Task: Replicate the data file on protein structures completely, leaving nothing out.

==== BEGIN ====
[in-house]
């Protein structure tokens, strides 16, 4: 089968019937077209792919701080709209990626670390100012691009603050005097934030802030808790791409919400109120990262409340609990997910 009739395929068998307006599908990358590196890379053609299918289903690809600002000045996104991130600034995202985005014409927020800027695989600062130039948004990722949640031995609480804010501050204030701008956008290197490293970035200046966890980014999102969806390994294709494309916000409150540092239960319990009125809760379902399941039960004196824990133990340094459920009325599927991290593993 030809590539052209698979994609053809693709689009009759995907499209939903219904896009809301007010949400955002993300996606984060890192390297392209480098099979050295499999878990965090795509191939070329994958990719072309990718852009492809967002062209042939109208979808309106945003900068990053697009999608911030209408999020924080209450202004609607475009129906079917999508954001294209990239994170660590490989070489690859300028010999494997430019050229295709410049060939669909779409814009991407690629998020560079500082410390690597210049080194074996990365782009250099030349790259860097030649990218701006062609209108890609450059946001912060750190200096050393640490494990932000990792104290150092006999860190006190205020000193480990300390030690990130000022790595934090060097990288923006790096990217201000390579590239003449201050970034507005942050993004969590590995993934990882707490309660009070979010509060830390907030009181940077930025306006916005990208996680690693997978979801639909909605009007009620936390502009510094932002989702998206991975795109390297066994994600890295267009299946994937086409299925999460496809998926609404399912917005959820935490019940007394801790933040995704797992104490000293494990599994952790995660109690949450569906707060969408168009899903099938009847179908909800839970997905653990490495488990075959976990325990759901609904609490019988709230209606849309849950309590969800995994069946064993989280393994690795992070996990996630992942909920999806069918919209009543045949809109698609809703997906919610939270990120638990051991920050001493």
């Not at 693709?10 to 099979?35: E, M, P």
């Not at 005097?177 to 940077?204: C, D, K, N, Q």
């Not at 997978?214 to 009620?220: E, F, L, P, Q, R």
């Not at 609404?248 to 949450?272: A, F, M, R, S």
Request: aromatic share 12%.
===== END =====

[in-house]
């Protein structure tokens, strides 16, 4: 089968019937077209792919701080709209990626670390100012691009603050005097934030802030808790791409919400109120990262409340609990997910 009739395929068998307006599908990358590196890379053609299918289903690809600002000045996104991130600034995202985005014409927020800027695989600062130039948004990722949640031995609480804010501050204030701008956008290197490293970035200046966890980014999102969806390994294709494309916000409150540092239960319990009125809760379902399941039960004196824990133990340094459920009325599927991290593993 030809590539052209698979994609053809693709689009009759995907499209939903219904896009809301007010949400955002993300996606984060890192390297392209480098099979050295499999878990965090795509191939070329994958990719072309990718852009492809967002062209042939109208979808309106945003900068990053697009999608911030209408999020924080209450202004609607475009129906079917999508954001294209990239994170660590490989070489690859300028010999494997430019050229295709410049060939669909779409814009991407690629998020560079500082410390690597210049080194074996990365782009250099030349790259860097030649990218701006062609209108890609450059946001912060750190200096050393640490494990932000990792104290150092006999860190006190205020000193480990300390030690990130000022790595934090060097990288923006790096990217201000390579590239003449201050970034507005942050993004969590590995993934990882707490309660009070979010509060830390907030009181940077930025306006916005990208996680690693997978979801639909909605009007009620936390502009510094932002989702998206991975795109390297066994994600890295267009299946994937086409299925999460496809998926609404399912917005959820935490019940007394801790933040995704797992104490000293494990599994952790995660109690949450569906707060969408168009899903099938009847179908909800839970997905653990490495488990075959976990325990759901609904609490019988709230209606849309849950309590969800995994069946064993989280393994690795992070996990996630992942909920999806069918919209009543045949809109698609809703997906919610939270990120638990051991920050001493």
């Not at 693709?10 to 099979?35: E, M, P």
């Not at 005097?177 to 940077?204: C, D, K, N, Q």
């Not at 997978?214 to 009620?220: E, F, L, P, Q, R």
């Not at 609404?248 to 949450?272: A, F, M, R, S």
Request: aromatic share 12%.